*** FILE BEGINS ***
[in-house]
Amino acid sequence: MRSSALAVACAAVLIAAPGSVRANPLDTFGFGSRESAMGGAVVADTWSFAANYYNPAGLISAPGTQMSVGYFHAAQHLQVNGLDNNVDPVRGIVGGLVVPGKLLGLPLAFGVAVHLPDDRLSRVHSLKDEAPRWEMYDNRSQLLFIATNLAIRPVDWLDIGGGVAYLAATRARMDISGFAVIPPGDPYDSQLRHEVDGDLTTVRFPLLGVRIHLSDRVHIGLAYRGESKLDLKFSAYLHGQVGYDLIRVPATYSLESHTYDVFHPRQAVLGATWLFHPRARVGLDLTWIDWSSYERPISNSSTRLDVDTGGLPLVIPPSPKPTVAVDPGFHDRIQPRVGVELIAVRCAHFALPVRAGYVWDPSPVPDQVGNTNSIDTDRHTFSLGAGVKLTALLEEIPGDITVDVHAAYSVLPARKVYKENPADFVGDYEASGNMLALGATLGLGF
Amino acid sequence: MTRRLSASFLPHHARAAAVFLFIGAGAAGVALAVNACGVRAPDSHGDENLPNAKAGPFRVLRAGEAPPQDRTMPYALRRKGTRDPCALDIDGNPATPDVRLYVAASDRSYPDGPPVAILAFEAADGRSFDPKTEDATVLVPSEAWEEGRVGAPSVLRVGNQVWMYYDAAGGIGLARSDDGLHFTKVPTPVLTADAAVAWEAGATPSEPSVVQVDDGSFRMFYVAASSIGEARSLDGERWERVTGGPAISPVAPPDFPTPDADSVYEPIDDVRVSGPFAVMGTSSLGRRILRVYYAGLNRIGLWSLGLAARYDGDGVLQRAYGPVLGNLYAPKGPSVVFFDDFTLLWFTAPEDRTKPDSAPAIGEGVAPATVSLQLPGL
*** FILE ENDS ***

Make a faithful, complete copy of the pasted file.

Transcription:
[in-house]
Amino acid sequence: MRSSALAVACAAVLIAAPGSVRANPLDTFGFGSRESAMGGAVVADTWSFAANYYNPAGLISAPGTQMSVGYFHAAQHLQVNGLDNNVDPVRGIVGGLVVPGKLLGLPLAFGVAVHLPDDRLSRVHSLKDEAPRWEMYDNRSQLLFIATNLAIRPVDWLDIGGGVAYLAATRARMDISGFAVIPPGDPYDSQLRHEVDGDLTTVRFPLLGVRIHLSDRVHIGLAYRGESKLDLKFSAYLHGQVGYDLIRVPATYSLESHTYDVFHPRQAVLGATWLFHPRARVGLDLTWIDWSSYERPISNSSTRLDVDTGGLPLVIPPSPKPTVAVDPGFHDRIQPRVGVELIAVRCAHFALPVRAGYVWDPSPVPDQVGNTNSIDTDRHTFSLGAGVKLTALLEEIPGDITVDVHAAYSVLPARKVYKENPADFVGDYEASGNMLALGATLGLGF
Amino acid sequence: MTRRLSASFLPHHARAAAVFLFIGAGAAGVALAVNACGVRAPDSHGDENLPNAKAGPFRVLRAGEAPPQDRTMPYALRRKGTRDPCALDIDGNPATPDVRLYVAASDRSYPDGPPVAILAFEAADGRSFDPKTEDATVLVPSEAWEEGRVGAPSVLRVGNQVWMYYDAAGGIGLARSDDGLHFTKVPTPVLTADAAVAWEAGATPSEPSVVQVDDGSFRMFYVAASSIGEARSLDGERWERVTGGPAISPVAPPDFPTPDADSVYEPIDDVRVSGPFAVMGTSSLGRRILRVYYAGLNRIGLWSLGLAARYDGDGVLQRAYGPVLGNLYAPKGPSVVFFDDFTLLWFTAPEDRTKPDSAPAIGEGVAPATVSLQLPGL